The priest must journey on

Fr John Deighan explains what it’s really like for a priest to move parishes.

When my bishop told me I would be moving this year, it didn’t come as a shock.

I’d spent two years in Milton of Campsie and six in Lennoxtown. Eight happy years in the Campsie area spent among beautiful scenery and kind-hearted people.

But eight years is quite a long time for a first appointment: once the ship had been steadied after Covid, I suspected my days at St Machan’s, St Paul’s and St Dominic’s might be numbered.

Packing was relatively painless. Saying goodbye to people and places I’d come to know and love was a bit harder, but that (I reminded myself) is what we priests sign up to.

My new assignment – Broxburn and Winchburgh, two growing settlements near Edinburgh – would bring me closer to my parents, my sister, my brother, his wife and their month-old son. It might (I had been told and very much hoped) mean fewer rainy days. And there would be new friends to make, new places to call home.

Scripture wisely tells us, ‘There is a time for everything’ (Ecc 3:1). Well, this was simply the time for moving on. Or as the same text puts it, ‘a time for uprooting’ (Ecc 3:2).

Speaking of roots: I think priests can and should get to know the places where they minister. Not just the parish, but the wider community. Not just local history, but the locals.

However, we can’t afford to put down deep roots. The deeper we root our- selves in a locality, the more difficult it gets to pull those roots up when the gardener (God or the bishop, it’s the same thing) gives the order. To some extent, we have to exist on the surface.

That’s my experience of it, anyway. A bit like the good Lord himself, we go round all the towns and villages. We preach the Word and minister to the people. But we can’t fully embed ourselves.

‘Today and tomorrow and the next day, I must journey on’ (Luke 13:33). Is the life of a diocesan priest therefore one of continual rootlessness? Other priests can speak for themselves, but I wouldn’t say so.

This passage from the Letter to the Hebrews may help me explain myself: By faith, Abraham, when called to go to a place he would later receive as his inheritance, obeyed and went, even though he did not know where he was going.

By faith he made his home in the Promised Land like a stranger in a foreign country; he lived in tents, as did Isaac and Jacob (Heb 11:8-9). ‘By faith he made his home’ is the bit that really resonates. It’s not that we priests lack a sense of home and of rootedness. It’s just that we find those things exclusively in God, not in any specific place.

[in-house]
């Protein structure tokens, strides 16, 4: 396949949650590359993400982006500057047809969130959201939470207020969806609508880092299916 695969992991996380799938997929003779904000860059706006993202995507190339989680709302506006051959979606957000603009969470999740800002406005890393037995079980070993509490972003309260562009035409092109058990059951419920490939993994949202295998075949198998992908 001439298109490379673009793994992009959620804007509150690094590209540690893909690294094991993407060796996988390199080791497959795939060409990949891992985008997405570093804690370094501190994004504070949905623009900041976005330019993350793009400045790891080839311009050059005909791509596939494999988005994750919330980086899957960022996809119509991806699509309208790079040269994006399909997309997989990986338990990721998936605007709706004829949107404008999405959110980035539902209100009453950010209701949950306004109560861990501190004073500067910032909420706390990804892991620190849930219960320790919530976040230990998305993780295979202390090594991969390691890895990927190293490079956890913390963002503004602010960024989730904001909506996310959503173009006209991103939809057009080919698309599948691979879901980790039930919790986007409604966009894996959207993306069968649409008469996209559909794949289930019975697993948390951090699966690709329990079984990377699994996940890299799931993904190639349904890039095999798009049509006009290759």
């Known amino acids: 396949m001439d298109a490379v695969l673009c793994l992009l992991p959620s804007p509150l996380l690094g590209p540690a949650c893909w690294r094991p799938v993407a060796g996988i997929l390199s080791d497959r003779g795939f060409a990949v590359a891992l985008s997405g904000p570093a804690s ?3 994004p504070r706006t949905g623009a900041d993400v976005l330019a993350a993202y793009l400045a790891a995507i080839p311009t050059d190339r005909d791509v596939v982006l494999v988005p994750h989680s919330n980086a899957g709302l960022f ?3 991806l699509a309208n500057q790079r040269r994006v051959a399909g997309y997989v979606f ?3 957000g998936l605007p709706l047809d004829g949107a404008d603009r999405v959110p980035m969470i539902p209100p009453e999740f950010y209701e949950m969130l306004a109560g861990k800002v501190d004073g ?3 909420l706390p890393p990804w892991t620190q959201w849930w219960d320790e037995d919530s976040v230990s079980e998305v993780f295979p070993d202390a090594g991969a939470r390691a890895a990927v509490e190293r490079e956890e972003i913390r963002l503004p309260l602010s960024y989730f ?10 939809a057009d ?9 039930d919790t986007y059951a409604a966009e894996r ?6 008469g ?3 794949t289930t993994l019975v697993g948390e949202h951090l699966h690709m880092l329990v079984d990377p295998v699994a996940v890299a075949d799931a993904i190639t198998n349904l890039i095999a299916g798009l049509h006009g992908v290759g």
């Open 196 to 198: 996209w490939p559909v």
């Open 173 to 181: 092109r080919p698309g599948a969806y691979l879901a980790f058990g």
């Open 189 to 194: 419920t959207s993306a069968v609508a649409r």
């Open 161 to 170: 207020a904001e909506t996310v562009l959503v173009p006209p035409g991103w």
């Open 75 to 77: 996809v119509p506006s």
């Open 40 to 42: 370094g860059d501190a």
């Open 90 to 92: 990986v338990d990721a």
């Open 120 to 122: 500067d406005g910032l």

I see that I’ve lapsed into speaking on behalf of other priests. Maybe that’s because I hope other priests do share the experience I’m talking about: the experience of being an itinerant, yet, through Faith, feeling at home wherever you go.

Paul Young sang that home was wherever he lay his hat. Well, for me, home is wherever I say the Mass. Coming into a new house, get- ting lost on the way back to the presbytery, not knowing where to walk the dog, having to ask my way to the local Co-Op…There’s no denying it was quite disorientating.

I’m still finding my feet. But celebrating Mass was a powerful and immediate experience of home. It didn’t matter that I wasn’t quite on the same page as my servers or that I couldn’t find the light switches or turn the mic on. Well, it maybe did to the folk… but the point I’m making is, it didn’t to me. It was the Mass. It was the Lord. It was home.

It helps that the new parish has made me very welcome – both parishes, I should say, as I now have two independent parishes, another big psychological adjustment to make. Before long, I hope, the faces, the names and the streets will become familiar. But for now, I’ve hung up my hat and said my first Mass. That’s enough.

Fr John Deighan is a priest of the Archdiocese of St Andrew’s and Edinburgh.

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